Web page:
• Ensure the carrier straps are tight and the harness clip is even with your baby’s shoulders or armpits and the straps are in the slot that lines up close to the infant’s shoulders.
  • If your baby has some extra space in the seat you can place rolled receiving blankets or towels on each side to keep him or her from wobbling. Avoid placing anything under the harness straps.
  • Locking clips are necessary for some vehicles made before 1997. This is necessary because these vehicles don’t have seat belts that lock when the brakes are slammed, so the clip keeps belt from slipping if an accident occurs.
  • Your baby’s head should be at least two inches below the top of the safety seat and make sure the seat is set at a 30 to 45-degree angle.
  • You can see more tips at DMV.org or Kids Health.

Convertible seats, the alternative to rear-facing, infant-only seats, are designed so that they can be used by infants after they’re heavier than 20 pounds. When the baby reaches that weight the seat can be turned to face forward and it’s secured with three types of harnesses: T-shield, tray shield, and five-point. All of these types meet required safety standards, but the five-point harness is regarded as the best option since it can be tightened to fit snugly and it doesn’t get in the way of the baby’s head. When installing a convertible seat you should make sure all straps are as tight as possible to prevent it from wobbling.

Ages One to Three

While infants should always be placed in rear-facing car seats, once a child has reached at least one year of age and weighs at least 20 pounds they can utilize forward-facing child safety seats installed in the rear of the car. That being said, they’re safer in a rear-facing seat, so keep them in one for as long as possible.Forward-facing seats, like the ones that come before, should be installed using LATCH rather than seat belts, if possible. Here are some other tips:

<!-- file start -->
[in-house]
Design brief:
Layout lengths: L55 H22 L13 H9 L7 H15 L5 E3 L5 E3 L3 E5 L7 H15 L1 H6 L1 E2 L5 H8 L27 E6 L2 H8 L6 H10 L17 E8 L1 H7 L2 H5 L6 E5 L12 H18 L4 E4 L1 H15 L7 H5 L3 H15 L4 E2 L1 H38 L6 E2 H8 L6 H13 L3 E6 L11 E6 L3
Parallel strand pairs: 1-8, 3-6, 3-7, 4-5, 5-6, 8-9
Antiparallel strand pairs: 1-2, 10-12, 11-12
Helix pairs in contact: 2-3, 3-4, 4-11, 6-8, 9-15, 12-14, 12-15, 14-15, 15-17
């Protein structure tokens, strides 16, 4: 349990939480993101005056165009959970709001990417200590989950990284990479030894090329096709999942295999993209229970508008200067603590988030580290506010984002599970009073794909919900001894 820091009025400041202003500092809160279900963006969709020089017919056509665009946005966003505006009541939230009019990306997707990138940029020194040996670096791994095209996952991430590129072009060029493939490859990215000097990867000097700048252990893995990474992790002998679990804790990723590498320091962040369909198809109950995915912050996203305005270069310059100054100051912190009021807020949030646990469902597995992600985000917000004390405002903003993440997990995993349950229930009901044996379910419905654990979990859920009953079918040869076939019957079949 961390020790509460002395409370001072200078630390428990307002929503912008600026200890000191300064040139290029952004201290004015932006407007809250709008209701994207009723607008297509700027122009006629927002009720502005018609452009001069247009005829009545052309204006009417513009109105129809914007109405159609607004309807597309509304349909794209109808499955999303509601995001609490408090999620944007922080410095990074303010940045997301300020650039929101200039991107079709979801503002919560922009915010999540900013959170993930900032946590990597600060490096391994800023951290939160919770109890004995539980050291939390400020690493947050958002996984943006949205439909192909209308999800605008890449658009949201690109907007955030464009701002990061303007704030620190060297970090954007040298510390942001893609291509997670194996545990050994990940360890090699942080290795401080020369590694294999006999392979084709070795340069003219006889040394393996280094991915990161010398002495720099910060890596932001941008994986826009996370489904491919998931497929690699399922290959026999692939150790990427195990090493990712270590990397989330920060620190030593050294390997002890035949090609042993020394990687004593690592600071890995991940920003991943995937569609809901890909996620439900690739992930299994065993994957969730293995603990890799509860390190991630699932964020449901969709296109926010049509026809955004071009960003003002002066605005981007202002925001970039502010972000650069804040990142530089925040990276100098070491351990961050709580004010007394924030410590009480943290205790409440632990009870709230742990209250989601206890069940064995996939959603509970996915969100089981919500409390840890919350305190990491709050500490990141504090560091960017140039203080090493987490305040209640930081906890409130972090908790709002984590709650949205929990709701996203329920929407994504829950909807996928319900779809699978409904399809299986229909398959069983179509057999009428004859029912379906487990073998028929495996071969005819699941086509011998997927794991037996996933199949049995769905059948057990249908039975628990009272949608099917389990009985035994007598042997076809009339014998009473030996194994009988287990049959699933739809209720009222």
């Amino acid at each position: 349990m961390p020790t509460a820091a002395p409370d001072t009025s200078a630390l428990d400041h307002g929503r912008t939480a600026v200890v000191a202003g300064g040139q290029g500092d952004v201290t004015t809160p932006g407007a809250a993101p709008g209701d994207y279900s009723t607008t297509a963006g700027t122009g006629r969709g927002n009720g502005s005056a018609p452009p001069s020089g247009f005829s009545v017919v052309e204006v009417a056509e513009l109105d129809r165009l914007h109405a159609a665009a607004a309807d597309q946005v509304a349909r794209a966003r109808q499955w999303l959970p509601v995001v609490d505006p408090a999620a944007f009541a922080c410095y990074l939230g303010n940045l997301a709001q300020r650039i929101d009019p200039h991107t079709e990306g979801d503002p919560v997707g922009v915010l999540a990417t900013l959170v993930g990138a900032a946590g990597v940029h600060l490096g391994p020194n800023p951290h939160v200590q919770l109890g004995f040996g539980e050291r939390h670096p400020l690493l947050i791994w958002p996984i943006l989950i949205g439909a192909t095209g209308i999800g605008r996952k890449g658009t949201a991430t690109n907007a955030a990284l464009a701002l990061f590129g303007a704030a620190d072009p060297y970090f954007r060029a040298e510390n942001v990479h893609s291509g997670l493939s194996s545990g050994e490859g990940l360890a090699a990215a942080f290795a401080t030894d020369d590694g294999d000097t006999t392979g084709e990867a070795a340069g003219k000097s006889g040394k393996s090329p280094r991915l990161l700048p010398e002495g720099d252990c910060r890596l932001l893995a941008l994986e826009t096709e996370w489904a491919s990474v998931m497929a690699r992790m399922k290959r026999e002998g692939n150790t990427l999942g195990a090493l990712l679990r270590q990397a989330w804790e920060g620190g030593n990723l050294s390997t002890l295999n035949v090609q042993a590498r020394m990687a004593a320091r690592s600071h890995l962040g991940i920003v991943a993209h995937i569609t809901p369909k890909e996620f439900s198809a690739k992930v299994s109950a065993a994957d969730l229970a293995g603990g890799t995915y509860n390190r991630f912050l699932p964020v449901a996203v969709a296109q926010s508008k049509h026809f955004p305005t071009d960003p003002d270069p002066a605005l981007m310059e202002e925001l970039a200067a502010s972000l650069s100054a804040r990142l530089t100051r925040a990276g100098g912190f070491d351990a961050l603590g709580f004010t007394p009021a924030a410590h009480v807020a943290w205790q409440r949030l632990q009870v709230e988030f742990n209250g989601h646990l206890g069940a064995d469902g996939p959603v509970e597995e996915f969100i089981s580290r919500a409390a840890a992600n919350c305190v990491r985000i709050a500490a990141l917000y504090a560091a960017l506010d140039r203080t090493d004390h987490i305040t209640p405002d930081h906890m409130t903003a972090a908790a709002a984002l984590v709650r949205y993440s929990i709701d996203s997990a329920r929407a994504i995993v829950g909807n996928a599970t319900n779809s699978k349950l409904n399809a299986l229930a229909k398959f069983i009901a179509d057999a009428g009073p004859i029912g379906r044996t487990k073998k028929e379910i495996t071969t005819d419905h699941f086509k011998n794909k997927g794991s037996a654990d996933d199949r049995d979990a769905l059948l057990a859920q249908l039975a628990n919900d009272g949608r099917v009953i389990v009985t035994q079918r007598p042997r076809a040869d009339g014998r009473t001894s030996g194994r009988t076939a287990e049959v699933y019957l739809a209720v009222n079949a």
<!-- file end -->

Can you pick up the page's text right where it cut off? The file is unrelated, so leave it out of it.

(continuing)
• If you’re installing a forward-facing seat make sure it’s set directly against the back and bottom of the car seat. When you’re installing the seat make sure to put weight on the seat to push it back as far as possible so the straps will be as tight as they can be.
  • Make sure the seat can’t move side to side or tip forward more than an inch. If it does then unbuckle it and try again.
  • If your car was made before 1996 then you’ll probably need to buy a locking clip to prevent the lap and shoulder seat belts from slipping.
  • Make sure the straps lie flat and tug on them to make sure they’re secure once your baby is fastened into the seat.
  • If you can pinch any of the harness material between your fingers then it’s too loose and needs to be adjusted.

Ages Four to Seven

There are no rear-facing car seats available for this age group, and we don’t know of any children of this age group that would be content to sit facing the rear of the car. So, once a child reaches age four, you’ll have no choice but to move to a forward-facing seat.

Keep a child in this age range in their child seat until they outgrow either the height or weight limits specified by the seat manufacturer. Once this happens, it’s time to switch to a booster seat.

Ages Eight to Twelve

Once a child reaches eight years of age or is at least 4’9” tall, they should be placed in booster seats. Most booster seats simply elevate the child’s seating position and enable them to use the standard seat belts on a car. LATCH is not required nor should it be used with booster seats.